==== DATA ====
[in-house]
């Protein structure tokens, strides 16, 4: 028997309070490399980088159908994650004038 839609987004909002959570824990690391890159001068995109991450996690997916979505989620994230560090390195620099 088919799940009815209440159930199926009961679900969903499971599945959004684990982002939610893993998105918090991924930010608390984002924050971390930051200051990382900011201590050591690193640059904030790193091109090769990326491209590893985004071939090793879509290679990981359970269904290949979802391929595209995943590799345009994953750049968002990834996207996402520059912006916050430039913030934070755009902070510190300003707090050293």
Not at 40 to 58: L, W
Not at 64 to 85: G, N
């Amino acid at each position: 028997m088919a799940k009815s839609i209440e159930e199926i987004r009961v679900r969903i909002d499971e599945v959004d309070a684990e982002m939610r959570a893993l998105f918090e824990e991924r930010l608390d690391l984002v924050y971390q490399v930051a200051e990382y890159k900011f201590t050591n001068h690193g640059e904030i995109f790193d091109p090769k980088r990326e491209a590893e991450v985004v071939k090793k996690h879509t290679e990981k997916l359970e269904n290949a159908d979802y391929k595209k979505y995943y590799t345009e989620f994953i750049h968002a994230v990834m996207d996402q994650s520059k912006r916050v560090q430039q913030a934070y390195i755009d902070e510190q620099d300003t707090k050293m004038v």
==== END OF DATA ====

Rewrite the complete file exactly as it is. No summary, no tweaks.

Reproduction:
[in-house]
């Protein structure tokens, strides 16, 4: 028997309070490399980088159908994650004038 839609987004909002959570824990690391890159001068995109991450996690997916979505989620994230560090390195620099 088919799940009815209440159930199926009961679900969903499971599945959004684990982002939610893993998105918090991924930010608390984002924050971390930051200051990382900011201590050591690193640059904030790193091109090769990326491209590893985004071939090793879509290679990981359970269904290949979802391929595209995943590799345009994953750049968002990834996207996402520059912006916050430039913030934070755009902070510190300003707090050293």
Not at 40 to 58: L, W
Not at 64 to 85: G, N
């Amino acid at each position: 028997m088919a799940k009815s839609i209440e159930e199926i987004r009961v679900r969903i909002d499971e599945v959004d309070a684990e982002m939610r959570a893993l998105f918090e824990e991924r930010l608390d690391l984002v924050y971390q490399v930051a200051e990382y890159k900011f201590t050591n001068h690193g640059e904030i995109f790193d091109p090769k980088r990326e491209a590893e991450v985004v071939k090793k996690h879509t290679e990981k997916l359970e269904n290949a159908d979802y391929k595209k979505y995943y590799t345009e989620f994953i750049h968002a994230v990834m996207d996402q994650s520059k912006r916050v560090q430039q913030a934070y390195i755009d902070e510190q620099d300003t707090k050293m004038v």